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The link between heart health and oral health: How unhealthy teeth and gums increase risk of heart attack


When someone has a heart attack, we tend to look to their diet for a cause. After all, unhealthy eating can wreak havoc on your arteries and eventually cause a heart attack. Yet many of us know people who have sworn off fast food and eat the cleanest diet possible but still suffer cardiac arrest, so it’s clear that other factors are at play – and oral health is a surprisingly big one.

When you think about it, it makes sense: Inflammation is behind heart disease, driving the progression of atherosclerotic plaque in the arteries and causing the ruptures that lead to the formation of clots. While systemic inflammation can increase as a result of problems like a poor diet, obesity and malnutrition, one big source of chronic inflammation is periodontal disease.

This chronic infection of the gums leads not only to gum tissue inflammation but also eventually destroys the bones surrounding the teeth. More than 400 different species of bacteria populate our mouths, and some of them are pathogenic.

When a person has periodontal disease, it causes inflammatory mediators in the all of the body to rise, including the coronary arteries and the plaque already inside of them. When the disease isn’t controlled, this causes arterial plaque to develop and makes the existing plaque more susceptible to rupturing, which in turn causes a heart attack.

There’s also the fact that inflammation of the gums makes it easier for bacteria to get into your bloodstream and travel throughout your body, including to the plaque in your coronary arteries, which it can then infect. Scientists know this is the case because DNA analysis of the bacteria found in coronary artery plaque has determined that such infections can originate from periodontal disease. Some strains of oral bacteria can also make your blood more likely to clot, which is even further bad news for coronary arteries.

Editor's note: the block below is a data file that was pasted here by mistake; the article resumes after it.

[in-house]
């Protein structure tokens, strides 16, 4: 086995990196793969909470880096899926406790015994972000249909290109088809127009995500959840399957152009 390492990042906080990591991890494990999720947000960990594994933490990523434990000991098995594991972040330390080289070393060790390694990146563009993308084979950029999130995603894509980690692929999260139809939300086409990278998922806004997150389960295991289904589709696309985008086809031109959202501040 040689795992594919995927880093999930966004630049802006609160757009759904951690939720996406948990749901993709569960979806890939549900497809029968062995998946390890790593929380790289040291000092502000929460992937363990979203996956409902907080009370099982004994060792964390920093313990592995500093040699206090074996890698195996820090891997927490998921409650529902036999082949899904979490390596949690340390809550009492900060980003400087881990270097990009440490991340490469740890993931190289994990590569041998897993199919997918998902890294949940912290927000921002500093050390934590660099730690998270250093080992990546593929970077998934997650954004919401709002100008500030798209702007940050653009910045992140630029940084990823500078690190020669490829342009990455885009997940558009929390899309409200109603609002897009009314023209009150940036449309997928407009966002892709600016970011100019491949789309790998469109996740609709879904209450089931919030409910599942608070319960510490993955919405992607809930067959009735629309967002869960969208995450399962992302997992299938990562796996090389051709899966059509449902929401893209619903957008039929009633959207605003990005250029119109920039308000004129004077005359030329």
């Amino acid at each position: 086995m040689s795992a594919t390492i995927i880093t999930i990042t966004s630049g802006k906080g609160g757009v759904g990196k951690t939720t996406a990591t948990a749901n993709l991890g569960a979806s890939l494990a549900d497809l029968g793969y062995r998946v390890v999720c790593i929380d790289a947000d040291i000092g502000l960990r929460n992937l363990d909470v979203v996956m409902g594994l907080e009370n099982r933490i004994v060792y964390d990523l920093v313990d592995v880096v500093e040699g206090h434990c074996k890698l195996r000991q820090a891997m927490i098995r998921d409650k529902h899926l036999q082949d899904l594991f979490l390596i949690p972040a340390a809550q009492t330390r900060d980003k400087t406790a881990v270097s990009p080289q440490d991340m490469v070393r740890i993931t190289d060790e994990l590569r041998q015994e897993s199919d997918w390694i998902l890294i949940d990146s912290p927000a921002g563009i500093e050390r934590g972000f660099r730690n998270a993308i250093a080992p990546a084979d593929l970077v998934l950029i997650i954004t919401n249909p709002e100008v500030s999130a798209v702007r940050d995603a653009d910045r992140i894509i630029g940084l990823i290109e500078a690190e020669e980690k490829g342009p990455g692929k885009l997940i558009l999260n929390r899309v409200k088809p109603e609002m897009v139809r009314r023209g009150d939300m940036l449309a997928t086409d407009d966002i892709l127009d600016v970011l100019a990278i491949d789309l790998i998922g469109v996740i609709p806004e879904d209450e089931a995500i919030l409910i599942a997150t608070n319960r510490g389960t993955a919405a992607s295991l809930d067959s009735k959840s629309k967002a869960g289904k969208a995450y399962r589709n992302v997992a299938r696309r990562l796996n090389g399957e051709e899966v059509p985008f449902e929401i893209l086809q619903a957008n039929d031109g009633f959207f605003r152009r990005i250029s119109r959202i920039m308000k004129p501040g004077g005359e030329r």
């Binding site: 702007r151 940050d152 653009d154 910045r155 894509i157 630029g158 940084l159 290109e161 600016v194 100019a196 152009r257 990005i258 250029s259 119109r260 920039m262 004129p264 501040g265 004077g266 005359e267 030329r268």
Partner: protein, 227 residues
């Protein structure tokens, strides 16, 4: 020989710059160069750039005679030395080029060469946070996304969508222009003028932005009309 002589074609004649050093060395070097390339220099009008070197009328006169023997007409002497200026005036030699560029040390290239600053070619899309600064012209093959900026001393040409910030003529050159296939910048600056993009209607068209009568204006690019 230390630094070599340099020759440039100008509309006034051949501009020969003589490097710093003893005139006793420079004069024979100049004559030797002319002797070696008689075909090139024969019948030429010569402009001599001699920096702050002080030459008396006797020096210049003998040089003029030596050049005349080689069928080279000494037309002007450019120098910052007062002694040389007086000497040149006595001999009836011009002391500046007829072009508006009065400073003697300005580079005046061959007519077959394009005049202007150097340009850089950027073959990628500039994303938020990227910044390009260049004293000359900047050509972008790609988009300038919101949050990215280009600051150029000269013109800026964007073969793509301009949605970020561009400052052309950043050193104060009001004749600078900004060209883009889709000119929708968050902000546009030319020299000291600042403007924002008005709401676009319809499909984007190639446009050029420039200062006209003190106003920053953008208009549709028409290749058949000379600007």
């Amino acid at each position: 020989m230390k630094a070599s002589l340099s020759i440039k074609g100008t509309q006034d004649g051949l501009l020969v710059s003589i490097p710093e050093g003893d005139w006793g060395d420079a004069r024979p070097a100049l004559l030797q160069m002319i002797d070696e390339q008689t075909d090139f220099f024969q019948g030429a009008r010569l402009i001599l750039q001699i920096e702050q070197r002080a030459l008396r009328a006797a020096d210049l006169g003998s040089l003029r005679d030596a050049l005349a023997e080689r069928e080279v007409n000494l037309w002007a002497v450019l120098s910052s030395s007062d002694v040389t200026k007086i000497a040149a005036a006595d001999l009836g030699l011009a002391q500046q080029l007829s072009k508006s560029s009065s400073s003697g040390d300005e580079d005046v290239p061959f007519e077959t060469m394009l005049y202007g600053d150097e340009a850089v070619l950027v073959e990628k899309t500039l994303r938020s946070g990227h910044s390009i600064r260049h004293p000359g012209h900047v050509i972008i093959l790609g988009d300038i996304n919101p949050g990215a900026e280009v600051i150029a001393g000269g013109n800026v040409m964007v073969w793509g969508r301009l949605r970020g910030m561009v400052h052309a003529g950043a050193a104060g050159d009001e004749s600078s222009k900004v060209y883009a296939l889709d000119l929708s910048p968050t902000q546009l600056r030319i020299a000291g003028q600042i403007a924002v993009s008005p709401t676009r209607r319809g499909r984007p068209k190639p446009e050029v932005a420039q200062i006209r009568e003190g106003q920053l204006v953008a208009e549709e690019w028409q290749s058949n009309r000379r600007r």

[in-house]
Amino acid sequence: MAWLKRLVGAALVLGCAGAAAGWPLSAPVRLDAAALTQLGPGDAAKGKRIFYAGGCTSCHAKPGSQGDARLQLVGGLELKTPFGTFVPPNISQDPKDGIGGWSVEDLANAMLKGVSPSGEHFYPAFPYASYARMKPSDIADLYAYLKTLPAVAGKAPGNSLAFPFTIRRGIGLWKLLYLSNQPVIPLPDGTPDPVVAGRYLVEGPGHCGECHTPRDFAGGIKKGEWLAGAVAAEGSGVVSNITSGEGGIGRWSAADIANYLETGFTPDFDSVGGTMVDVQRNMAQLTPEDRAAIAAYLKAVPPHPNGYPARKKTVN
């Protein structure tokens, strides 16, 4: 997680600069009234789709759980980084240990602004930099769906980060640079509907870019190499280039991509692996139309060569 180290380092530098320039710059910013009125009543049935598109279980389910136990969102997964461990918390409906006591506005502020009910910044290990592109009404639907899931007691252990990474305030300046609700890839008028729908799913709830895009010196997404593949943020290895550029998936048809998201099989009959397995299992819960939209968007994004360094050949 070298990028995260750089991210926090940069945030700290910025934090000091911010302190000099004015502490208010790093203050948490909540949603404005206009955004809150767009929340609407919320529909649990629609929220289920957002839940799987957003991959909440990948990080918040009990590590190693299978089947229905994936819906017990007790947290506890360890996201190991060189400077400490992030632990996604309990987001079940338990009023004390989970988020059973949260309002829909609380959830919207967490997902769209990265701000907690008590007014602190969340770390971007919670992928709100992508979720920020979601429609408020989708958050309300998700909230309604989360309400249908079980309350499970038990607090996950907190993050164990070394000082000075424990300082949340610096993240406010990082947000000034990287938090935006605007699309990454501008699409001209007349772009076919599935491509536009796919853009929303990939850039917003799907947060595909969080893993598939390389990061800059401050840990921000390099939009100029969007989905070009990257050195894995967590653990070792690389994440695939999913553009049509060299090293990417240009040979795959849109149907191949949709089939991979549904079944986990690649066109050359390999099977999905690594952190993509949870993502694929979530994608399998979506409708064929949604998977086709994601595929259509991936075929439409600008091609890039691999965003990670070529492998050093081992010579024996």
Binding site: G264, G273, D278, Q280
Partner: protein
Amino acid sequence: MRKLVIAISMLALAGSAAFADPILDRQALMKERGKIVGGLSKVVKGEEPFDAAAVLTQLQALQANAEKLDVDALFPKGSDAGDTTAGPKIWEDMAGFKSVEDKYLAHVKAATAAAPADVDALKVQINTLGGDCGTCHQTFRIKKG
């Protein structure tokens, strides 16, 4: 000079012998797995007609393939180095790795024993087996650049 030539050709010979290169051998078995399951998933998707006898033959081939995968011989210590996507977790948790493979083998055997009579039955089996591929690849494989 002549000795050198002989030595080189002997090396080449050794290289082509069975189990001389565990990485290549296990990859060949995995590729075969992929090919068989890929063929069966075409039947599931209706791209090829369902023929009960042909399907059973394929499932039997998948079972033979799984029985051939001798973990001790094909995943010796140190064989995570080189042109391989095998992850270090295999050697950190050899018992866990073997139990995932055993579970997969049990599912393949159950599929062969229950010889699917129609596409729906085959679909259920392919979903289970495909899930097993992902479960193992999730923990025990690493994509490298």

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Take care of your mouth

If you only tend to floss in the days leading up to your dental check-ups, it’s time for a shift in attitude. Even if your teeth aren’t high on your priority list, your cardiac health certainly should be all the motivation you need to take a few extra minutes each day to get gum care right.

Even if you go to the dentist regularly, home care is ultimately what will shape your dental health and prevent inflammation from getting out of hand. Brush your teeth after every meal using a soft toothbrush, preferably the electric or sonic varieties. Experts say a minimum of two minutes is needed, and be sure your brush is angled toward your gum line so the bristles can get at any bacteria there. Don’t forget to floss to get to the areas that your toothbrush simply can’t reach, no matter how good it is. This will help prevent cavities from developing between your teeth.

Be sure to get professional cleanings from your dentist regularly. It’s also important to get periodic checkups so that any cavities that are developing can be identified and dealt with before they create greater problems.

You can also help prevent heart attacks and strokes with CoQ10 supplements. This substance, which is found in nearly every cell of your body, has been shown in studies to provide significant benefits when it comes to cardiovascular disease, including reducing the chance of suffering a repeat heart attack and lowering blood pressure. It is also good for gum health. Combine this with good oral care for a thorough approach.

Taking good care of your teeth and gums is one of the safest and most natural ways to reduce your heart attack risk. If you’ve been ignoring your dental health, the new year is the perfect time to start a new, healthier routine.

Sources for this article include:

NaturalHealth365.com

ClevelandHeartLab.com



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